Let us all praise King David, the ancestor of God, /The last week of the year is a full one for me. Nativity with all its bustle, my birthday on the "feast of Stephen" that King Wenceslas went a'walking on, and today is my namesday -- the Sunday after Nativity, whenever it falls, is the day commemorating David the Prophet-King, Joseph, the foster father of our Lord, and James, the step-brother of the Lord (child of Joseph from a previous marriage according to the Church's tradition) and first bishop of the Church in Jerusalem -- so needless to say, it's been nice. Whisky and Tequila--namely, this and this, respectively -- have been reintroduced into this house by birthday request, together with some O'Connor (thanks to John's prompting) and Killer Angels (I know, more War Between the States stuff -- I can't help myself)...
for from him came the virgin stem: / from this stem blossomed the Flower – Christ. / Being delivered from corruption Adam and Eve cry out to Him, / for He is compassionate.
Let us celebrate the memory of the God-fearing David and James! / One was the king of the prophets; / the other was an apostle and the first bishop; / that being saved from error by their teachings, / we may glorify Christ Who shone forth incarnate from the Virgin to save our souls!
Proclaim the wonder, O Joseph, / to David, the ancestor of God; / you saw a Virgin great with Child; / you gave glory with the shepherds; / you worshipped with the Magi; / you received the news from the Angel. / Pray to Christ God to save our souls!
Today godly David is filled with joy; / Joseph and James offer praise. / The glorious crown of their kinship with Christ fills them with great joy. / They sing praises to the One ineffably born on earth, / and they cry out: “O Compassionate One, save those who honor You!”
Today's liturgy -- replete with the hymns from above -- was accompa- nied by Father's homily on who we are as Orthodox Christians. Paraphra- sing Archbishop +DMITRI, Father mentioned that, upon being asked what we as Orthodox believe in, it would be best, first and foremost, to say that Orthodoxy is about the Incarnation of God made man. Everything we believe, everything we practice, everything we reject -- all of this is based upon the premise that the transcendent God has taken on flesh and become man. I always get stuck (in a good way) on the fact that the Creed says that Christ became man, or ανθρωπος. Not Jew. Not Gentile. Not male or female. "He's all humanity," to take a line from Beckett, and he takes all humanity united to His Body with Him to salvation ... and this is the urgency of the Incarnation. From yesterday's lectionary readings in the OCA:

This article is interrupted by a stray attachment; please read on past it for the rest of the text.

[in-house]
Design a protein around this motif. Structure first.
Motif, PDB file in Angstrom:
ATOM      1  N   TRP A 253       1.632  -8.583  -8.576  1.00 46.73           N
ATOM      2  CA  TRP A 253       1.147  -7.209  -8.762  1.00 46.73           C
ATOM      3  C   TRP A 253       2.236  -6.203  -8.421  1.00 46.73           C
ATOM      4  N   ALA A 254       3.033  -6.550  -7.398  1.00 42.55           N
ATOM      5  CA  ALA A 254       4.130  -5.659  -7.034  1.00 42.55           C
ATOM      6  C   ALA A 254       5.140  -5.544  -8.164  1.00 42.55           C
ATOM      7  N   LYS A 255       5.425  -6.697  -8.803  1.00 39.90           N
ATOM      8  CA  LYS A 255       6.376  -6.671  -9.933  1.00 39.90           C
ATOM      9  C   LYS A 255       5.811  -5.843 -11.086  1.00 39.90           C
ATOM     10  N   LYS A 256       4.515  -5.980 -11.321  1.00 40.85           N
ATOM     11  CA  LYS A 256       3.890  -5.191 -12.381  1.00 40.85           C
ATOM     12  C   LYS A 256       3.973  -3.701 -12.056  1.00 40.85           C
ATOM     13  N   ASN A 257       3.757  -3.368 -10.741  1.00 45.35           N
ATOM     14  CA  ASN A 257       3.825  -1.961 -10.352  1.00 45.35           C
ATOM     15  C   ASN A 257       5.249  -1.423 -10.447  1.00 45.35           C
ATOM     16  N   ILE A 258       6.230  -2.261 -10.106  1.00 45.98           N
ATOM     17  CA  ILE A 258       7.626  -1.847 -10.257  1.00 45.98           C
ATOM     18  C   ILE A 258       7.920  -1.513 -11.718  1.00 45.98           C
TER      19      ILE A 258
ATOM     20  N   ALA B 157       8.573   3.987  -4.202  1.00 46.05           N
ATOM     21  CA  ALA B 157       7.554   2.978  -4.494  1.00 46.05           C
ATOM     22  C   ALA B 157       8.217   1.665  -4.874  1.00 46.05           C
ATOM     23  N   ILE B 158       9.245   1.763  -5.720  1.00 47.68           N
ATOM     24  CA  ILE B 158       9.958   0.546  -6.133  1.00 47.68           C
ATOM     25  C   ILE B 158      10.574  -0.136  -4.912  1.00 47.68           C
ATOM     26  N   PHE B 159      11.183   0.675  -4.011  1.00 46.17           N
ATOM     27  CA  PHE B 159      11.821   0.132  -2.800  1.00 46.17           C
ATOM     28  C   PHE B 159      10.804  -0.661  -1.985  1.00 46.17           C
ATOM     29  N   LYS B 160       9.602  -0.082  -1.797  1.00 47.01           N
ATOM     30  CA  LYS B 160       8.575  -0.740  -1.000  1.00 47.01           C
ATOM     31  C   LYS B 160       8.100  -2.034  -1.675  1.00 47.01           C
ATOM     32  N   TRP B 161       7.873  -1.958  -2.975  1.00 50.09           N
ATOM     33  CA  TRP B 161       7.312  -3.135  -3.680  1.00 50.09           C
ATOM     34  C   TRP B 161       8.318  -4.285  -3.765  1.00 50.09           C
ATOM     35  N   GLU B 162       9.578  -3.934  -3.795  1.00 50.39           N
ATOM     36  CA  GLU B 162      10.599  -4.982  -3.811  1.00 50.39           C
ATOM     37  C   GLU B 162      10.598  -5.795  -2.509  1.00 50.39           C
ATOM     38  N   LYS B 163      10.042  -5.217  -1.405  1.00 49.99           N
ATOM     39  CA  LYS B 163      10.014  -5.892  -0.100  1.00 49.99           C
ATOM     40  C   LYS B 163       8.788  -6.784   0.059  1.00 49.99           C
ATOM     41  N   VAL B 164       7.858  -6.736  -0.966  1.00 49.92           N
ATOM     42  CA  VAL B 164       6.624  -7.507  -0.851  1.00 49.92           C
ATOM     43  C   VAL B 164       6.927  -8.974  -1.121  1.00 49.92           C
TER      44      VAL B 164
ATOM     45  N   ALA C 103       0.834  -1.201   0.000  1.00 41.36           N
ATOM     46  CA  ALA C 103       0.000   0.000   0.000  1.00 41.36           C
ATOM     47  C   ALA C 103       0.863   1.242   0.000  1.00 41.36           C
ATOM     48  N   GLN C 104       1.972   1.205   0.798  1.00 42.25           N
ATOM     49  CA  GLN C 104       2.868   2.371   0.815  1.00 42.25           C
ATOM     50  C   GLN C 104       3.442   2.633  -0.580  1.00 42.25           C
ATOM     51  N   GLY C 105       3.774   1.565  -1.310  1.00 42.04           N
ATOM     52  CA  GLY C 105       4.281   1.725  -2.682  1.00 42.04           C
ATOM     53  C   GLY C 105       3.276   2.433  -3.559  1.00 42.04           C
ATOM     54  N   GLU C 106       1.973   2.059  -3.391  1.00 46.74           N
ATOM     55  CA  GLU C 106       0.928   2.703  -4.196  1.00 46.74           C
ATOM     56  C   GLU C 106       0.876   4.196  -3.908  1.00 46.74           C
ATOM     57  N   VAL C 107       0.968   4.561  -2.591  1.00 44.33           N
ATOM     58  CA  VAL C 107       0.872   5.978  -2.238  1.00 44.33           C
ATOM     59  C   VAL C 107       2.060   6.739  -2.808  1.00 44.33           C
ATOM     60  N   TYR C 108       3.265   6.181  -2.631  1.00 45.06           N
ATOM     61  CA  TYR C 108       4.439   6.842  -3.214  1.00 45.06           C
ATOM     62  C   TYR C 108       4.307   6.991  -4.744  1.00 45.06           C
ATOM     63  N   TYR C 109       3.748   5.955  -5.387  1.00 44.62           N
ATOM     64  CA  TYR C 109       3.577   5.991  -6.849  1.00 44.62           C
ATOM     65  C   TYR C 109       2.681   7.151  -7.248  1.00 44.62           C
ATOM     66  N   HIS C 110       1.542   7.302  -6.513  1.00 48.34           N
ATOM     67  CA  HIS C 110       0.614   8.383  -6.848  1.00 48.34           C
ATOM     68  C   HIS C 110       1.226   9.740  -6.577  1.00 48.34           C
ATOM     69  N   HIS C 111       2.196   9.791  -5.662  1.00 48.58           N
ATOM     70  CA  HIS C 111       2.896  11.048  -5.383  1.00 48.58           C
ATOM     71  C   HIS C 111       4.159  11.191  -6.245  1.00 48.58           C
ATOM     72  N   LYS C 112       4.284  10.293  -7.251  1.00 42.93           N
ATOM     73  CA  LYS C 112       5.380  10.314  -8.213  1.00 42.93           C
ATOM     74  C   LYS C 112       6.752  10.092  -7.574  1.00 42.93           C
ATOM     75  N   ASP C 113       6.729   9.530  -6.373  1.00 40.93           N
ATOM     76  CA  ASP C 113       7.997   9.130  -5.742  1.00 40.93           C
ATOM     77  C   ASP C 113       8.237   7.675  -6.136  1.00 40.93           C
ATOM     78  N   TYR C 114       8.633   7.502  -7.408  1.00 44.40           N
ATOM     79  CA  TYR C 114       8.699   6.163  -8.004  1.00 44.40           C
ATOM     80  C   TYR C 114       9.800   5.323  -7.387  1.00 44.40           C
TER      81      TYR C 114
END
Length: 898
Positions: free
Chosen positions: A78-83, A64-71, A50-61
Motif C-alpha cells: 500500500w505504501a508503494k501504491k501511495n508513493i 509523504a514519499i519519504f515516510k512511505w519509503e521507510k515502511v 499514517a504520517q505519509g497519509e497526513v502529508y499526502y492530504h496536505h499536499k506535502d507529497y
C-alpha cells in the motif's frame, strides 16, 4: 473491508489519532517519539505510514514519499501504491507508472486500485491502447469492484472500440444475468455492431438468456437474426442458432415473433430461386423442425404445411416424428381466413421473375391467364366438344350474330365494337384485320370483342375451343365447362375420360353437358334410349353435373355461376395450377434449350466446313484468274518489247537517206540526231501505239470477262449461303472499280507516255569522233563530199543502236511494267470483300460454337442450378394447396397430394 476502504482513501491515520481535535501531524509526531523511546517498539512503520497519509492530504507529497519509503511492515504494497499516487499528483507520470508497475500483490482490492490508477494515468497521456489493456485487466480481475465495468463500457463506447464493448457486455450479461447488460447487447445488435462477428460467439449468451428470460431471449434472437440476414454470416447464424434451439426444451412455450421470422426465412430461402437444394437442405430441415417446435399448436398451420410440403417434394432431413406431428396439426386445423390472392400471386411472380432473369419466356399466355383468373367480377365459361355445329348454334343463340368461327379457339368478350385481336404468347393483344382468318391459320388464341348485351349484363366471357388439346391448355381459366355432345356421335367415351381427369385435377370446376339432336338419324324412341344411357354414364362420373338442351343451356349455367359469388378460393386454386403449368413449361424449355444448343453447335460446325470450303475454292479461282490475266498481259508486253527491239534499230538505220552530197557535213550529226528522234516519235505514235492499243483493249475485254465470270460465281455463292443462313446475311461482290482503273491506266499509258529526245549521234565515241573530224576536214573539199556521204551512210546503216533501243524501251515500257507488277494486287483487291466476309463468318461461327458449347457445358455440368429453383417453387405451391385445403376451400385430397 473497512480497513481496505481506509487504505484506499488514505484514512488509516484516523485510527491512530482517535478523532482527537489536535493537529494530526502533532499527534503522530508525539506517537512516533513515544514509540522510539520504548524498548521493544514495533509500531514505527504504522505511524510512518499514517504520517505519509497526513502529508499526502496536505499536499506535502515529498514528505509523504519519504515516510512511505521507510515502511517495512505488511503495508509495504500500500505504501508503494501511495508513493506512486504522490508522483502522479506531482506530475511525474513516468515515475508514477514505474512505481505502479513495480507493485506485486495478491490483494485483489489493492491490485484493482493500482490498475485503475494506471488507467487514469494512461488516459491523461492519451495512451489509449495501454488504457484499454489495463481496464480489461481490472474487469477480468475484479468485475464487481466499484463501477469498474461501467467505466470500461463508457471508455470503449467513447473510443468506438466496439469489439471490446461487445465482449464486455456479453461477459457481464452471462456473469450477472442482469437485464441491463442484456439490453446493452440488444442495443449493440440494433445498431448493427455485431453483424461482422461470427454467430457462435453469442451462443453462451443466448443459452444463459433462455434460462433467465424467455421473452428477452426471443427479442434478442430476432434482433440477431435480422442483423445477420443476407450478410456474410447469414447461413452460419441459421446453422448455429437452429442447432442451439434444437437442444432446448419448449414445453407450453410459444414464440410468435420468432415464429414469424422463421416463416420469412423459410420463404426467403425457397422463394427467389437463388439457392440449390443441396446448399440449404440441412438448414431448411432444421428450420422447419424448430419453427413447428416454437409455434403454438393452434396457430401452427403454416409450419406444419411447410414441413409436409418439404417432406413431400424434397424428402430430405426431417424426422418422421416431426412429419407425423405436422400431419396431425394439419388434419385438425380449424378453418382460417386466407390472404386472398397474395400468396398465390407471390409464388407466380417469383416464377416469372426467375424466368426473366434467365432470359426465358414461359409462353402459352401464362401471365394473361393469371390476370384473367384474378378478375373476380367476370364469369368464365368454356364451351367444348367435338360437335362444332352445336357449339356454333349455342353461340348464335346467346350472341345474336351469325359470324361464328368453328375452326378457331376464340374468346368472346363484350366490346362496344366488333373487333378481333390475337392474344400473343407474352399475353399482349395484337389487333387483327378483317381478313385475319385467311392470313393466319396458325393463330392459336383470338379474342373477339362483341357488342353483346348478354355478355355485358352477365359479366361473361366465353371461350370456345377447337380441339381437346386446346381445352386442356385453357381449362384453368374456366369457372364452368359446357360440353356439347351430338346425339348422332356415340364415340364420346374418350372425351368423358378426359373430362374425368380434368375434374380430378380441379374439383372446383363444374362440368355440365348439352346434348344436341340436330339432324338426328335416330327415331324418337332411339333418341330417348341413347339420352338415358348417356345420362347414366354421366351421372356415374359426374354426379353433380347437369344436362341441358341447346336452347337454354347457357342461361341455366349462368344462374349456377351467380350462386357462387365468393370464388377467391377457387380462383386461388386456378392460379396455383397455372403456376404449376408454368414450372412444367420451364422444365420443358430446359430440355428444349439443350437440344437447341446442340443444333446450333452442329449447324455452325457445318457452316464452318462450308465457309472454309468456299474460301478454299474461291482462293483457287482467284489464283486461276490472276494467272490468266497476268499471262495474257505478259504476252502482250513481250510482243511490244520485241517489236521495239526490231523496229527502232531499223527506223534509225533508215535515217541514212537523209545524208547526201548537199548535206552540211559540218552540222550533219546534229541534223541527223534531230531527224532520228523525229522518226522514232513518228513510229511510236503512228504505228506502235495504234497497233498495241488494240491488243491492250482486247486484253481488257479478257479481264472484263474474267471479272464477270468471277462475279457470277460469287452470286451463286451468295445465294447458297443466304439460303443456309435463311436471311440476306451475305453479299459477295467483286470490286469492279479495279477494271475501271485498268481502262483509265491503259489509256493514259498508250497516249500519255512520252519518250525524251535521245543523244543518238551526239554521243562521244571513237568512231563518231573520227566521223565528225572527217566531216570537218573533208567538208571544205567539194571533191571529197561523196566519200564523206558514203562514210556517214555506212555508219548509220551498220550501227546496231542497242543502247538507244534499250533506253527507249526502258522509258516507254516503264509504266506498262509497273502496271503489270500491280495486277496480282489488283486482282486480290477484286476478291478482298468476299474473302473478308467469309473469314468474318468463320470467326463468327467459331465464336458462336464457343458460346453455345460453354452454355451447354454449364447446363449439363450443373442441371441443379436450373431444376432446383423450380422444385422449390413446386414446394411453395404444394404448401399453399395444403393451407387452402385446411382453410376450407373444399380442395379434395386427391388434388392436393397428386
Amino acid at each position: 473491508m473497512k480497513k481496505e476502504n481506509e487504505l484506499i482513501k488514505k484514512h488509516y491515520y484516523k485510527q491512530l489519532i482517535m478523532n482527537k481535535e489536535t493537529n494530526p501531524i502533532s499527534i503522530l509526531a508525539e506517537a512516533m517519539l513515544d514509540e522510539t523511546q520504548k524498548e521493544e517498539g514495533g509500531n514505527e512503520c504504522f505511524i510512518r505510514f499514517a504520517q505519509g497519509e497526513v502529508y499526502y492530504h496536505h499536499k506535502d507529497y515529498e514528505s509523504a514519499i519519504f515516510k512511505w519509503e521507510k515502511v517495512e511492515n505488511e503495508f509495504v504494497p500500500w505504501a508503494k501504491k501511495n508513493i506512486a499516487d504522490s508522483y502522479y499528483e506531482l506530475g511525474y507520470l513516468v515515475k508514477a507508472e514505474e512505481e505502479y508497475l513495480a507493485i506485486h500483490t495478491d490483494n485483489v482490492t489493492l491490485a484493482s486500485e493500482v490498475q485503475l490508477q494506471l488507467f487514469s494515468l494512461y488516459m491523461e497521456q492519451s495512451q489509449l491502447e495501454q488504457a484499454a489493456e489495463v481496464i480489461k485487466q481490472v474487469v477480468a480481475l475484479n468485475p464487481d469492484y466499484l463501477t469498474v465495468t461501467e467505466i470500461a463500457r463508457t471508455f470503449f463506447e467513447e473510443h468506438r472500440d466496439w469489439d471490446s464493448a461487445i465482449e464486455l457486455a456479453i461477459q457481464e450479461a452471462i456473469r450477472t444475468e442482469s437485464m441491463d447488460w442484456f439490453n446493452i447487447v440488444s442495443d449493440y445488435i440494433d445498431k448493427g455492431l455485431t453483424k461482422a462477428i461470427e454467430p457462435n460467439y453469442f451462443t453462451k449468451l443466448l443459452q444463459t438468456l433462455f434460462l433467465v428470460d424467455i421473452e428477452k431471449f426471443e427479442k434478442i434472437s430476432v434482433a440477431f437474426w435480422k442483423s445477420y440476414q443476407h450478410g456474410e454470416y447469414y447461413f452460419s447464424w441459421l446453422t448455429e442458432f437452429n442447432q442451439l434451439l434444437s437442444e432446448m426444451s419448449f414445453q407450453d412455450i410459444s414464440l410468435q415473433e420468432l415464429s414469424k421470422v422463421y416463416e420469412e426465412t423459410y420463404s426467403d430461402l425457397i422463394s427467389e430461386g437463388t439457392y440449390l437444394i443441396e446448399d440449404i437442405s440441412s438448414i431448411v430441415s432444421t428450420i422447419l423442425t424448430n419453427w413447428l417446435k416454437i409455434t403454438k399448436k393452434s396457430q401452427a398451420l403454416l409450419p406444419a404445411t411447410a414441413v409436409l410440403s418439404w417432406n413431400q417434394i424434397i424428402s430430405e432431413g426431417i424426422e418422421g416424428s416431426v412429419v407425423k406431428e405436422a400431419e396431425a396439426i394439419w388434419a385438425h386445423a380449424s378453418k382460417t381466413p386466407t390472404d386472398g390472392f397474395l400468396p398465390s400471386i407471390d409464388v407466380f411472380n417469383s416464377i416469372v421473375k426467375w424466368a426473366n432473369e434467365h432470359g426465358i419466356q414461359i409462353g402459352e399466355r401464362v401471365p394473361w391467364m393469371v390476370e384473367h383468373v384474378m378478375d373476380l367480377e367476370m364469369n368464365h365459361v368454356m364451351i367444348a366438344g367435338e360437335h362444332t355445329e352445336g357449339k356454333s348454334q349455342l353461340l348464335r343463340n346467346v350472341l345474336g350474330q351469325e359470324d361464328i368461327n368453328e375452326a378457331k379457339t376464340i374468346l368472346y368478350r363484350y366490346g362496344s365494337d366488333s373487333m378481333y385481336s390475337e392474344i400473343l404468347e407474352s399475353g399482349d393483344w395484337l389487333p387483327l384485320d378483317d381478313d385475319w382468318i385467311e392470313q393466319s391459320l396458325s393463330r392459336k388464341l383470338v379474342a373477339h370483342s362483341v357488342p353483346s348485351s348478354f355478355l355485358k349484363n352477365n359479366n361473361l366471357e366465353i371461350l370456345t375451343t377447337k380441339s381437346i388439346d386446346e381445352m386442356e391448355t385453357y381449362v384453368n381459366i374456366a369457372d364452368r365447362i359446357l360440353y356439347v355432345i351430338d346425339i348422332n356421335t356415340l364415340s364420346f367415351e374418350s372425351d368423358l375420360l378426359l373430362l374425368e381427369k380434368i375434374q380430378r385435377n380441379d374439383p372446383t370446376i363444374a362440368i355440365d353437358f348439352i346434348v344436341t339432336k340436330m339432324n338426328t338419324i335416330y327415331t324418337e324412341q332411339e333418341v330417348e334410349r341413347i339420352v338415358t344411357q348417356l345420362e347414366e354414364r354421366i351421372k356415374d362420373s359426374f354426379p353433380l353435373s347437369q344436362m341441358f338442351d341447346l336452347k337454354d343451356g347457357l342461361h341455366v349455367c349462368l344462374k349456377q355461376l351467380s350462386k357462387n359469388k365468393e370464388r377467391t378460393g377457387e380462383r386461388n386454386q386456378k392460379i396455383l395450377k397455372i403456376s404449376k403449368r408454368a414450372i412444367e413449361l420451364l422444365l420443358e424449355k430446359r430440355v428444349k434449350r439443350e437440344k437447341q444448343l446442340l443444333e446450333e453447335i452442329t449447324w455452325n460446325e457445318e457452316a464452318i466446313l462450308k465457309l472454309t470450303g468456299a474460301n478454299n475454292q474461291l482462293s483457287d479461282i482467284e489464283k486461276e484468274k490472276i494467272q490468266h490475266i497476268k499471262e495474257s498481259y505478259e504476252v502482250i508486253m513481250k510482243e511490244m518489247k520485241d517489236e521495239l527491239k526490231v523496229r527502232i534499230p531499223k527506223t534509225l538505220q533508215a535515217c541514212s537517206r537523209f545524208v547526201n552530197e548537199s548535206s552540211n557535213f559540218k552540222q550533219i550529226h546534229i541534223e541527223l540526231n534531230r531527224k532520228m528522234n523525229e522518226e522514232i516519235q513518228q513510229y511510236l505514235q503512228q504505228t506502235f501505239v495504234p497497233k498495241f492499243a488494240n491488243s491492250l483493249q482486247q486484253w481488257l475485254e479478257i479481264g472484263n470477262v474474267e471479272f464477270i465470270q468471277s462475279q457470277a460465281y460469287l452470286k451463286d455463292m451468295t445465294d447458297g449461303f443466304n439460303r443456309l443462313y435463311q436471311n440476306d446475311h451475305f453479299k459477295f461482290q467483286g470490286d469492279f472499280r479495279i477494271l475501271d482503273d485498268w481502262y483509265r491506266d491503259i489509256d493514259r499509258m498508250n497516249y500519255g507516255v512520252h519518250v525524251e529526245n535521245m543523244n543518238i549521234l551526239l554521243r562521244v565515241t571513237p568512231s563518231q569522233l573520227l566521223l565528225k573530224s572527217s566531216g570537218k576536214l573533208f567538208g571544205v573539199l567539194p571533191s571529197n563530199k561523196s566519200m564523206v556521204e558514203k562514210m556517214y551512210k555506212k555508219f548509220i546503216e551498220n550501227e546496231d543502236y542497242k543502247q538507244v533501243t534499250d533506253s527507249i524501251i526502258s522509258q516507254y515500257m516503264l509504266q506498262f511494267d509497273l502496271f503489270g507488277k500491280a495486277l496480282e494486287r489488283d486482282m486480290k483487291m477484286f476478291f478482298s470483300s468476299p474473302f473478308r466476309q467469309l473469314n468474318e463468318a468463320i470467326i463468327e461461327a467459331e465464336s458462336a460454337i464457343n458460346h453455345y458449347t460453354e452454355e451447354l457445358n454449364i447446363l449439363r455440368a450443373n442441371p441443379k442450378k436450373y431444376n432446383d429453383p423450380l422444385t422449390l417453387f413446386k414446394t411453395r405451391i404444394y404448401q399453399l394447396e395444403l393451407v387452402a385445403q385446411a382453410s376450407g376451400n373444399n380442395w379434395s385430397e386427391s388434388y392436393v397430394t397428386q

"Therefore remember that you, once Gentiles in the flesh-who are called Uncircumcision by what is called the Circumcision made in the flesh by hands--that at that time you were without Christ, being aliens from the commonwealth of Israel and strangers from the covenants of promise, having no hope and without God in the world. But now in Christ Jesus you who once were far off have been brought near by the blood of Christ" (Ephesians 2:11-13).The word translated here as "commonwealth" -- πολιτειας in the Greek -- is more accurately translated as a community identified by a particular citizenship. The community of Israel -- the universal εκκλησια, or Church, after the Advent of Christ -- is the body of humans united to God the Father, in Christ, through the Holy Spirit, and it is, during this time of year, not only remarkable that we -- fallen mortals who are subject to corruption -- could be united, flesh to Flesh and blood to Blood, to He who is beyond all else and is all Goodness, but also unbelievable that the divine Blood that is given to us in the Eucharist is what is now flowing through tiny veins, that the flesh He commands us to grind with our teeth (as St. John's gospel graphically records) was, at its start, the smooth, pudgy skin of a newborn babe.
It is scandalous. It is disturbing. It is incarnational. It is life, and it is salvation.